It never ceases to amaze me that why, in these trying economic times, lawmakers insist on introducing legislation that costs retailers sales opportunities. Virtually every chain I’ve covered over the past 15-plus years in this industry has counted on earnings and profits to reinvest in the business. That means buying more real estate, hiring more employees and helping to stimulate a weakened overall economy. It’s business 101.
Yet, state politicians and the federal government have become masters at biting the hand that feeds them. In business classes someday soon professors will begin teaching an economics course on the lessons learned in New Jersey over the state’s effort to increase tobacco taxes. The state raised cigarette taxes in 2006 to the highest in the nation as a way to fill its coffers on the backs of smokers. The same lawmakers actually seemed perplexed when the number of smokers in the state stayed the same, but tobacco tax revenue sharply declined.
The thank you card to the New Jersey State Senate from neighboring Pennsylvania, which has one of the lower cigarette taxes in the nation, was the first hint something was amiss. Surging sales at Native American smoke shops was another. If New Jersey smokers weren’t looking for a cheaper alternative for cigarettes before the tax was enacted, they sure were after.
Cue New York, where the City’s Board of Health is considering a ban on dispensed sugary drinks greater than 16 ounces. The board is set to vote on the issue next month.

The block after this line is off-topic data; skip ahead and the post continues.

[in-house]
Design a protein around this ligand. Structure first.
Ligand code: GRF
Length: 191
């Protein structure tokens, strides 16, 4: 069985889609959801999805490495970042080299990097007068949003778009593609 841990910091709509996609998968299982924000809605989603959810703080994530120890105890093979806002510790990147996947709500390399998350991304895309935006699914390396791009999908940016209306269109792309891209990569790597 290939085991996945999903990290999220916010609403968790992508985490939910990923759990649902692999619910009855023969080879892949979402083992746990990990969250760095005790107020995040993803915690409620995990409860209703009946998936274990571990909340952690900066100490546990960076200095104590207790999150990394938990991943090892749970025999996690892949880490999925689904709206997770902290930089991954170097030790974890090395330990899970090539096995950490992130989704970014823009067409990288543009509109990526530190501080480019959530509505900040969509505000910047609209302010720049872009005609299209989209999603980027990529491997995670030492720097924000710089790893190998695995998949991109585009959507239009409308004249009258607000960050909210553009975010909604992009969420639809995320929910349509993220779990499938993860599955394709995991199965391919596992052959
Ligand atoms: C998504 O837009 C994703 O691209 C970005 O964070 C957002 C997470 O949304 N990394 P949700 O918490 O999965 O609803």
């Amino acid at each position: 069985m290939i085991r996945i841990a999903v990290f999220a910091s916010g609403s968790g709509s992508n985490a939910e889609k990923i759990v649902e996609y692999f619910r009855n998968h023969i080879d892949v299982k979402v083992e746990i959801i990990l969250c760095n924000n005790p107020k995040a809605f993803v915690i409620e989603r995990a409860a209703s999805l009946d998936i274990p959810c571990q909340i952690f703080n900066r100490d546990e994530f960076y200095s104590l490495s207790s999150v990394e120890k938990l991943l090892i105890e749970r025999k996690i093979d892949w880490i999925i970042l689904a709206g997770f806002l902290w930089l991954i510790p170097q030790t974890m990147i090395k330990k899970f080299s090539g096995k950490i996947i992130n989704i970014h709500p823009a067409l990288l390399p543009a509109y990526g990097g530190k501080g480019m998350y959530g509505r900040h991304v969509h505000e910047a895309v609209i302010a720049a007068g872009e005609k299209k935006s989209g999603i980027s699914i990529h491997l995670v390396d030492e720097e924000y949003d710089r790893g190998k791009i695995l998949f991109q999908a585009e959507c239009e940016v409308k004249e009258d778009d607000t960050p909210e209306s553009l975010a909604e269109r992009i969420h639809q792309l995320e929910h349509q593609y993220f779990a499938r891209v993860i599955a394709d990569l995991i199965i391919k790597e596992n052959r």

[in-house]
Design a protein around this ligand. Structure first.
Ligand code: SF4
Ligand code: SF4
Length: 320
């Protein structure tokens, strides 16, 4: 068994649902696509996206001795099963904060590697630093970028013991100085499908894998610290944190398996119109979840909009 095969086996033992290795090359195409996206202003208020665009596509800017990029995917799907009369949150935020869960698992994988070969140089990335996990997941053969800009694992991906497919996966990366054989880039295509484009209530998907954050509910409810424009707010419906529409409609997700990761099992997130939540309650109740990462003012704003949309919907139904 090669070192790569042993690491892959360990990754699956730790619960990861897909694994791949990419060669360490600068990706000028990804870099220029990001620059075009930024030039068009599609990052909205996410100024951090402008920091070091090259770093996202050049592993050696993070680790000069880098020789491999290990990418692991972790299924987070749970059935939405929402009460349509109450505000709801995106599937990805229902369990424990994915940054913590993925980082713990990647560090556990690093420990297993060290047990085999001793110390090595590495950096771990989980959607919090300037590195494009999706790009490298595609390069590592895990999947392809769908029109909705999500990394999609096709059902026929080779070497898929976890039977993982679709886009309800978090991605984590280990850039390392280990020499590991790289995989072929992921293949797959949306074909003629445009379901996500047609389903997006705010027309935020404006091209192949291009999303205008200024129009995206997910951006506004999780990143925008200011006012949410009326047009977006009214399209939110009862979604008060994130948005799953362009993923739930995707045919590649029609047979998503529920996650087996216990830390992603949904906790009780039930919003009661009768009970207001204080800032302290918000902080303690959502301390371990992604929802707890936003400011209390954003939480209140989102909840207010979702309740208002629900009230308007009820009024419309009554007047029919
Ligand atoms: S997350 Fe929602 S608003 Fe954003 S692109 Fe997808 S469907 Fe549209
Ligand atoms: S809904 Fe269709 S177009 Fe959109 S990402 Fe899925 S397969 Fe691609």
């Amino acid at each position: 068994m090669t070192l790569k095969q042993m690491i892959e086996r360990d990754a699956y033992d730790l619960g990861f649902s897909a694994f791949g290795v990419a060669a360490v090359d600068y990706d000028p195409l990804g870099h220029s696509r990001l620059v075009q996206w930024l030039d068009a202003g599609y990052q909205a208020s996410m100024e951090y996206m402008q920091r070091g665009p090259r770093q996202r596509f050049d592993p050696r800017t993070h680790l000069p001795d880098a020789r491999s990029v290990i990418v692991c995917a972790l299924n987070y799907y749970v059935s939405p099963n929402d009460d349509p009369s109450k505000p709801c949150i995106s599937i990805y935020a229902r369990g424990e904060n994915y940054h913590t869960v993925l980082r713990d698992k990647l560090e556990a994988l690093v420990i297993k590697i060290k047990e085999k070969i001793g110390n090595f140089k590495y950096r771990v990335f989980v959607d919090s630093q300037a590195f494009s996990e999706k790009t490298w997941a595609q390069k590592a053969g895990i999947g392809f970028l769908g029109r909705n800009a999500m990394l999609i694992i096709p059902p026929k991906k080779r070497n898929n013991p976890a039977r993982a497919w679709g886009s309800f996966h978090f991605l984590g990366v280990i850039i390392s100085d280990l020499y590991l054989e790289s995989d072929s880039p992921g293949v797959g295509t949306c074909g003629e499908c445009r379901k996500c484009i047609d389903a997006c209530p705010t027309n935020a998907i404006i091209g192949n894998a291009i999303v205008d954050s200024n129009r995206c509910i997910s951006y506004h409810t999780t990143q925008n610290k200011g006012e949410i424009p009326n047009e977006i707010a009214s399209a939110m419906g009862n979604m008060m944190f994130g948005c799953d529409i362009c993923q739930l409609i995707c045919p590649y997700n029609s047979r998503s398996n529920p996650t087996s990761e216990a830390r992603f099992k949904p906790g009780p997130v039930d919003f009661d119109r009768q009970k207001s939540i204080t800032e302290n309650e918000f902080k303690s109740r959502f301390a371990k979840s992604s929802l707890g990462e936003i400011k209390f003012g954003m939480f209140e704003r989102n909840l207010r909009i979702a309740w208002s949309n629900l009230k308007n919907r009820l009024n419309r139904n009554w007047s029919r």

The proposal has many flaws. For starters, as adults, we simply must be free to make our own choices when it comes to what we eat and drink. Plus, Mayor Bloomberg’s excuse that “obesity is costing the city money,” doesn’t hold water either. It is simply nonsensical to assume that such a ban would have any measurable impact on the underlying health problem. Certainly, pollution, overcrowding, poverty and unemployment are contributing to the deteriorating quality of life in New York much more than a 20-ounce slushie.
Joy Dubost, a nutritionist who works for the National Restaurant Association, said the proposal wasn’t backed by scientific evidence and that it could actually have a reverse effect on consumers by producing “a false sense of accomplishment in the fight against obesity.”
The onslaught continues.
Walmart and many other big-box stores throughout New York State sell guns and ammunition, but they better not sell a 20-ounce fountain drink. In the military I trained on M16s, .45s and shotguns. The Ruger 9 mm semi-automatic is my range weapon of choice these days. Yet, it’s the illegal possession of a 20-ounce sports drink on my way home from the gym in my native New York City that has me worried. I can transport the Ruger legally.
Even New York City lawmakers seem perplexed by the proposal. City councilman, Oliver Koppell, called the ban “a clear overreaching of government into people’s everyday lives. This infringement on the rights of New Yorkers leads us to ask what will be banned next?”
It’s a valid question. And where is personal accountability in all of this? New York can’t seem to reign in illegal drug use and gang activity. It’s hard to fathom that the mayor was finally motivated to act in the best interest of the people by launching an all out assault on lemonade.
If a 20-ounce iced tea is contraband, how on earth is gum still legal? Do you know how many people stepped in gum last year? If we’re going to hold retailers and manufacturers accountable for peoples’ behavior, then it must also be time to punish them when lazy consumers don’t use a garbage can. And don’t even get me started on the dangers of a banana peel. Fruit growers, New York has just put you on notice.
The onslaught continues.